Though late June and early July tend to be a slower time of year compared to the major rush of spring migration and the great variety that autumn provides, there were nonetheless a number of notable birds recorded in the county. As July progressed into August, plenty of southbound shorebirds and a handful of passerines were already passing through.
INSIDE THIS ISSUE, Vol. 86 No. 1 Sep–Oct 2019 (Coming Soon)
•BIRDS OF THE SEASON
•POEM: Affair of the Air
Last year, junior staff of Los Angeles Audubon Society applied and received a scientific/research and community based grant by the Palos Verdes/South Bay Audubon Grant Program. Thanks to their generous funding, LA Audubon was able to produce 100 calendars filled with photographs and artwork made by the community including the schools’ principal, students, and their parents/guardians. In this project; staff, Baldwin Hills Greenhouse Program students and ee360 Fellowship interns led the Esperanza Elementary community in bilingual nature walks that bridged research, community engagement and art with non-scientists and non-researchers- a concept of community science.
BY ELEANOR OSGOOD & ALAN STARBUCK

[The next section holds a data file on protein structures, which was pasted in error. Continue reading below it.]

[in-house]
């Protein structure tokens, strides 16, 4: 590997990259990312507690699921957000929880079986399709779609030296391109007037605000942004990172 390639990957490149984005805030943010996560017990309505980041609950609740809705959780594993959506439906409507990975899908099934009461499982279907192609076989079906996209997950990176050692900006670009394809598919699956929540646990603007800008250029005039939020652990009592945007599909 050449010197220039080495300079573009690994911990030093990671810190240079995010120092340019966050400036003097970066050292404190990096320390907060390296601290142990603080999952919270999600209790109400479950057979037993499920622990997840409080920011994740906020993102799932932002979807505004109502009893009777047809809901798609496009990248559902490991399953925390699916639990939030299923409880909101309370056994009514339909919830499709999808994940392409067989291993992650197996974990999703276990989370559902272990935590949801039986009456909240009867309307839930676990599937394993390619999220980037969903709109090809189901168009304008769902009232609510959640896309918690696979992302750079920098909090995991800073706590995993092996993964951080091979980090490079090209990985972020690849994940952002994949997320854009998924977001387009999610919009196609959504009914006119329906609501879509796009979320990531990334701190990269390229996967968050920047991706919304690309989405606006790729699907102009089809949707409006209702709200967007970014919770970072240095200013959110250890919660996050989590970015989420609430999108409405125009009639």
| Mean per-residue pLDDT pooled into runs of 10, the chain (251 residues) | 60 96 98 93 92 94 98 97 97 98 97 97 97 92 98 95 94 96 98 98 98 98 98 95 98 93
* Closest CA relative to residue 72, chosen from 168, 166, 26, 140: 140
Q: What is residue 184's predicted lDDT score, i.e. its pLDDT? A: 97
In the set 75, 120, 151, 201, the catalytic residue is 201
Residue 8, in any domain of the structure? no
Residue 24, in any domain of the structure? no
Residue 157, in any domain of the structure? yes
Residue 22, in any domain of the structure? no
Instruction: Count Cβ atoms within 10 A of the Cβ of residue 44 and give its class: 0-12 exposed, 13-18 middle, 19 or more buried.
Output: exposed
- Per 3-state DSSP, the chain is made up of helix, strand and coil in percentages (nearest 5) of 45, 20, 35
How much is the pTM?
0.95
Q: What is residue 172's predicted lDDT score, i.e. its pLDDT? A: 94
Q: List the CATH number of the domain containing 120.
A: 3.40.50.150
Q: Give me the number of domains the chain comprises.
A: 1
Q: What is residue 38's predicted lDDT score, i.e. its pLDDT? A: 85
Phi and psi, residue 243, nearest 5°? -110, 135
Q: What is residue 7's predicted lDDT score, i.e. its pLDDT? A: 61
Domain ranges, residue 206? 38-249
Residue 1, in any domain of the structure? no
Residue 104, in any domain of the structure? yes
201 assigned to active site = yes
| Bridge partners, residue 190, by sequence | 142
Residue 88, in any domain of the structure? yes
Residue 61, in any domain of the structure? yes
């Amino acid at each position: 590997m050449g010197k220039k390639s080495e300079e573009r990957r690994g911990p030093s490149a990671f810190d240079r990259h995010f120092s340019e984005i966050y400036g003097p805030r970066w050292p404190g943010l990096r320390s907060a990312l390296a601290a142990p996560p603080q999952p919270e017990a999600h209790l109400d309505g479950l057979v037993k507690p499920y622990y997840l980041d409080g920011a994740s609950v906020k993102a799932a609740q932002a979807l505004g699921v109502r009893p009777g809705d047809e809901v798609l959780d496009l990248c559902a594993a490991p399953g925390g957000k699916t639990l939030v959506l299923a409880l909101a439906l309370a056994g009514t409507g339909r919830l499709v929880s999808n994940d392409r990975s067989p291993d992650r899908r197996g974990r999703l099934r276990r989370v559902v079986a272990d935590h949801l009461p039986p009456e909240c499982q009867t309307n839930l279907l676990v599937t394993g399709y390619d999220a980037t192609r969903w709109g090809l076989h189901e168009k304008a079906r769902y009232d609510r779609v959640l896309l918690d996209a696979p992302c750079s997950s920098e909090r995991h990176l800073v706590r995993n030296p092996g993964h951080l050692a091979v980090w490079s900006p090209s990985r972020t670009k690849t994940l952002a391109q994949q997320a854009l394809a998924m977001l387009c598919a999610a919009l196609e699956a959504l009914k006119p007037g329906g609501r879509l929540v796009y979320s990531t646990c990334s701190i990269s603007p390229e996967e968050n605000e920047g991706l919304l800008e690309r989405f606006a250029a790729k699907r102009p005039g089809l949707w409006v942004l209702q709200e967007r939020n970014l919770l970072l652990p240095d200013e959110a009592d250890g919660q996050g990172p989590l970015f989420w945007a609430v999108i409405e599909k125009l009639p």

We both volunteer to weed in our public lands as part of a habitat restoration team which is coordinated by Eleanor. But we come to this unusual habit, obsession almost, with different impetuses: for Eleanor, bird watching; for Alan, hiking. We’d like to share with you our answers to the often-asked questions “You pull weeds? Really? Why?” in the hope that it will inspire you to join us, whatever your impetus may be. Here are our stories:
Los Angeles Audubon once again sponsored the Green Feather Award for eco-themed science fiction as part of The Tomorrow Prize which challenges Los Angeles County teens to explore social, scientific, and environmental issues of today through science fiction short story writing.
INSIDE THIS ISSUE
• PRESS RELEASE: Southeast Arizona Birding Festival Showcases the Region's Natural Wonders
The Los Angeles Audubon Society provided the expertise, tools and support team for this year’s  Earth Day habitat restoration event at Baldwin Hills Scenic Overlook State Park, hosted by the California State Parks Foundation.
The significant amount of rain received in Southern California during this past winter was much in the news, and celebrated or bemoaned, depending on your point of view. The paucity of precipitation over the last several years left many Angelenos with distant memory of what a real rainstorm feels like, me included. Images of rain swollen rivers, landslides, road closures and flooded streets were dramatic reminders of the type of winter that had not been experienced for quite some time. In the aftermath, the much heralded “Super Bloom” of wildflowers brought people to the outdoors in droves.
Inside this Issue
Monthly Programs–To Be Announced
December through February is that slow time of the bird year when nothing much of interest turns up, right? In some years that statement may ring true, but it was hardly accurate this winter. Some truly unexpected birds were found along with many lesser vagrants. As usual plenty of continuing rarities were regularly reported at their respective locations.